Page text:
The practice of allocating subsidies on the State and Federal levels for American adoption began fairly recently on its timeline. The first American adoptions as legally recognized by individual states started in the 1850s, but it was not until the passage of the Adoption Assistance and Child Welfare Act of 1980 that subsidies were available.
Federal subsidies for American adoption are provided to families on the basis of children’s eligibility under Title IV-E of the Social Security Act, and thus, are consistent from State to State. For adoption subsidies from individual states, however, policies are different depending on one’s place of residence, as those State policies vary with regard to definitions of eligibility.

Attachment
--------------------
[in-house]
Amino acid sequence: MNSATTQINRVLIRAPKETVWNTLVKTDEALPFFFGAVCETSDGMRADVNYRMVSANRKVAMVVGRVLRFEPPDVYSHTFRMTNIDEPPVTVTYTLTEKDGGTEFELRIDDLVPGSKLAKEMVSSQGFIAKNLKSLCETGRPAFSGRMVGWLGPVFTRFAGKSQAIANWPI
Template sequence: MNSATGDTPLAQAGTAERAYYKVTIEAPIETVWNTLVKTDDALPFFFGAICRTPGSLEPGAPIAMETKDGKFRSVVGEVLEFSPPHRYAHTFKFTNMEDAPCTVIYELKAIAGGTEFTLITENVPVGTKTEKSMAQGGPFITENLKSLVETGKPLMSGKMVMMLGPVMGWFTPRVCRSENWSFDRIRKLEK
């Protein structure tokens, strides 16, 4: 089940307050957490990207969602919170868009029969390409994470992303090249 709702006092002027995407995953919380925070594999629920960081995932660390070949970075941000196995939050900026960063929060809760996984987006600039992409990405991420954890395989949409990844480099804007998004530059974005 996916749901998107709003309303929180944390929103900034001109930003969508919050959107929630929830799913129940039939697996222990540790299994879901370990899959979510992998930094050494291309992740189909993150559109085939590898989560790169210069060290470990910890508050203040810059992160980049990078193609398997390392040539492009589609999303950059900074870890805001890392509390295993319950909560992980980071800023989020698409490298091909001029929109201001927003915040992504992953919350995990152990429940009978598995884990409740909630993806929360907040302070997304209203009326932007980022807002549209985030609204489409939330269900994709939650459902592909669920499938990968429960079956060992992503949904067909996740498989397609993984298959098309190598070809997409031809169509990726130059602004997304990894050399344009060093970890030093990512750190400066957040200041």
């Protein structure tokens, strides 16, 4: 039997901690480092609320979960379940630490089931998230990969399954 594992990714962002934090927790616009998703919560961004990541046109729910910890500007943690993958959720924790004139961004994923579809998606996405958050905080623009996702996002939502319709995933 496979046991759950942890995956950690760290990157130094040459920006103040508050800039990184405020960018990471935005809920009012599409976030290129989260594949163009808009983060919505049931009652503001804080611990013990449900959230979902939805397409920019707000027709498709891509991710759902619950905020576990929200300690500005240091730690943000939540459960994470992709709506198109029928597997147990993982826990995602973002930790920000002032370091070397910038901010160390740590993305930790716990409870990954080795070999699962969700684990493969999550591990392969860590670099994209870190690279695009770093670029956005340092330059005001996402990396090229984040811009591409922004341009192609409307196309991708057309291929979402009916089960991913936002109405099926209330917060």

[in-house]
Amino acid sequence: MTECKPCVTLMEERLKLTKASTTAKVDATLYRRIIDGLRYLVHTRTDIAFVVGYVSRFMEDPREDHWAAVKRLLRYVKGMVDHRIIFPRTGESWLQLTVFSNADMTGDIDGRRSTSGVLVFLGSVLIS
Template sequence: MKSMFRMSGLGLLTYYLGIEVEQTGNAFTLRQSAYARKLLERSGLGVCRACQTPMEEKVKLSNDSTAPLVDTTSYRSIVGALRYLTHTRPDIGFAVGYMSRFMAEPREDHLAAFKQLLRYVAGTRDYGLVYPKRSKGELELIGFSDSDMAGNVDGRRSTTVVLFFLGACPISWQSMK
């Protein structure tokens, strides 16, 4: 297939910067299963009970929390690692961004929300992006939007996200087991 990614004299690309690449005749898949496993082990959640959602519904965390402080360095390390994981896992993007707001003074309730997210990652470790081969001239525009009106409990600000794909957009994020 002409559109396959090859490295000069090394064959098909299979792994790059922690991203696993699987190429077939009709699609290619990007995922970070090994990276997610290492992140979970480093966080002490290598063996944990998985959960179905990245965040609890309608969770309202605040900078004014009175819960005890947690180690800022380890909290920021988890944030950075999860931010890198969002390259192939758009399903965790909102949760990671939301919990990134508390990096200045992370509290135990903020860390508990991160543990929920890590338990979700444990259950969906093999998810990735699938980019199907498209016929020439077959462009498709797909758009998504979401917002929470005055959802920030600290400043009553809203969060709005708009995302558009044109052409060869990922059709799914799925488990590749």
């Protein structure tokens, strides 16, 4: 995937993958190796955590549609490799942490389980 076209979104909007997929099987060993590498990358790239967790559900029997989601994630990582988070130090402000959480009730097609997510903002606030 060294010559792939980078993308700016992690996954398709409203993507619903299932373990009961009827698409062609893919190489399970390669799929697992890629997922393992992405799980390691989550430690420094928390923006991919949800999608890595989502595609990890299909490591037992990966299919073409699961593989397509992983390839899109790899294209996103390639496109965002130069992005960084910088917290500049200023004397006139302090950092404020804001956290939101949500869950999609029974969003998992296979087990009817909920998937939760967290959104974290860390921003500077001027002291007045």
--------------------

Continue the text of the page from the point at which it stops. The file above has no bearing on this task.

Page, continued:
Subsidies are not possible for all American adoptions. Currently, only adoptive parents of children with special needs may petition for these grants. Furthermore, in the case of State subsidies, it is up to the various aforementioned definitions of eligibility to see if families can receive relief and to what extent.
The standards of subsidy programs for American adoptions, as with many forms of assistance, are subject to change and reformation. Before filling out an application for subsidies for children with special needs, adoptive families should contact the office in charge of the type of grant they seek for more information on subsidies and word on how up-to-date their policies are.